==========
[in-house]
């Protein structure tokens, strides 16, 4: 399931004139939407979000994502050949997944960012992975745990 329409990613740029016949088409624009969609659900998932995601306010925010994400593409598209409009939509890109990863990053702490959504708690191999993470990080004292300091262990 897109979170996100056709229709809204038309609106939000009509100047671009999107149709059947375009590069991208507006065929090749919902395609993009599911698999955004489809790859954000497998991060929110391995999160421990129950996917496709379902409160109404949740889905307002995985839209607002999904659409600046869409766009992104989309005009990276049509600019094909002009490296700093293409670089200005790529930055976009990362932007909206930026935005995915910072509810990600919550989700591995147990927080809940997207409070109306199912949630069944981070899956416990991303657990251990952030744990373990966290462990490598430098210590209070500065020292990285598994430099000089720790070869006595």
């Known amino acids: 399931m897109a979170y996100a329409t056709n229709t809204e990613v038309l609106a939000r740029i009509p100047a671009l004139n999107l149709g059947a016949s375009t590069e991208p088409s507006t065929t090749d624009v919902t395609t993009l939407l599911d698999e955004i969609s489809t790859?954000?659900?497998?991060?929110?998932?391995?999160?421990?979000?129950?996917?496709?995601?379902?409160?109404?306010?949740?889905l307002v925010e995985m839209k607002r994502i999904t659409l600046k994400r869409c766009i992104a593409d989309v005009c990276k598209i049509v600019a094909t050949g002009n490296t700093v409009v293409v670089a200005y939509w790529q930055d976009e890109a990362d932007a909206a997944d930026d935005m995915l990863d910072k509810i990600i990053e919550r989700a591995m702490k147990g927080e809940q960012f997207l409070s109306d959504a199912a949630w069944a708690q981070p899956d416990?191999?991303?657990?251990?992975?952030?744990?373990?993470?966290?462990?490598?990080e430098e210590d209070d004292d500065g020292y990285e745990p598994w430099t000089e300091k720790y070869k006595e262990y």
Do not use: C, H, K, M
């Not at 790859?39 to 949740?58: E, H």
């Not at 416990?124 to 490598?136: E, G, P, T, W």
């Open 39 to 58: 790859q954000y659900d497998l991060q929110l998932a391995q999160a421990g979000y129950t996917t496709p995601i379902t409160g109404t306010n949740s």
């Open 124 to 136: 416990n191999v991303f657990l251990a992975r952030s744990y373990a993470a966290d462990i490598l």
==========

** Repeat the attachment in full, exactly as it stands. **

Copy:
[in-house]
């Protein structure tokens, strides 16, 4: 399931004139939407979000994502050949997944960012992975745990 329409990613740029016949088409624009969609659900998932995601306010925010994400593409598209409009939509890109990863990053702490959504708690191999993470990080004292300091262990 897109979170996100056709229709809204038309609106939000009509100047671009999107149709059947375009590069991208507006065929090749919902395609993009599911698999955004489809790859954000497998991060929110391995999160421990129950996917496709379902409160109404949740889905307002995985839209607002999904659409600046869409766009992104989309005009990276049509600019094909002009490296700093293409670089200005790529930055976009990362932007909206930026935005995915910072509810990600919550989700591995147990927080809940997207409070109306199912949630069944981070899956416990991303657990251990952030744990373990966290462990490598430098210590209070500065020292990285598994430099000089720790070869006595």
């Known amino acids: 399931m897109a979170y996100a329409t056709n229709t809204e990613v038309l609106a939000r740029i009509p100047a671009l004139n999107l149709g059947a016949s375009t590069e991208p088409s507006t065929t090749d624009v919902t395609t993009l939407l599911d698999e955004i969609s489809t790859?954000?659900?497998?991060?929110?998932?391995?999160?421990?979000?129950?996917?496709?995601?379902?409160?109404?306010?949740?889905l307002v925010e995985m839209k607002r994502i999904t659409l600046k994400r869409c766009i992104a593409d989309v005009c990276k598209i049509v600019a094909t050949g002009n490296t700093v409009v293409v670089a200005y939509w790529q930055d976009e890109a990362d932007a909206a997944d930026d935005m995915l990863d910072k509810i990600i990053e919550r989700a591995m702490k147990g927080e809940q960012f997207l409070s109306d959504a199912a949630w069944a708690q981070p899956d416990?191999?991303?657990?251990?992975?952030?744990?373990?993470?966290?462990?490598?990080e430098e210590d209070d004292d500065g020292y990285e745990p598994w430099t000089e300091k720790y070869k006595e262990y």
Do not use: C, H, K, M
């Not at 790859?39 to 949740?58: E, H």
């Not at 416990?124 to 490598?136: E, G, P, T, W």
């Open 39 to 58: 790859q954000y659900d497998l991060q929110l998932a391995q999160a421990g979000y129950t996917t496709p995601i379902t409160g109404t306010n949740s």
């Open 124 to 136: 416990n191999v991303f657990l251990a992975r952030s744990y373990a993470a966290d462990i490598l």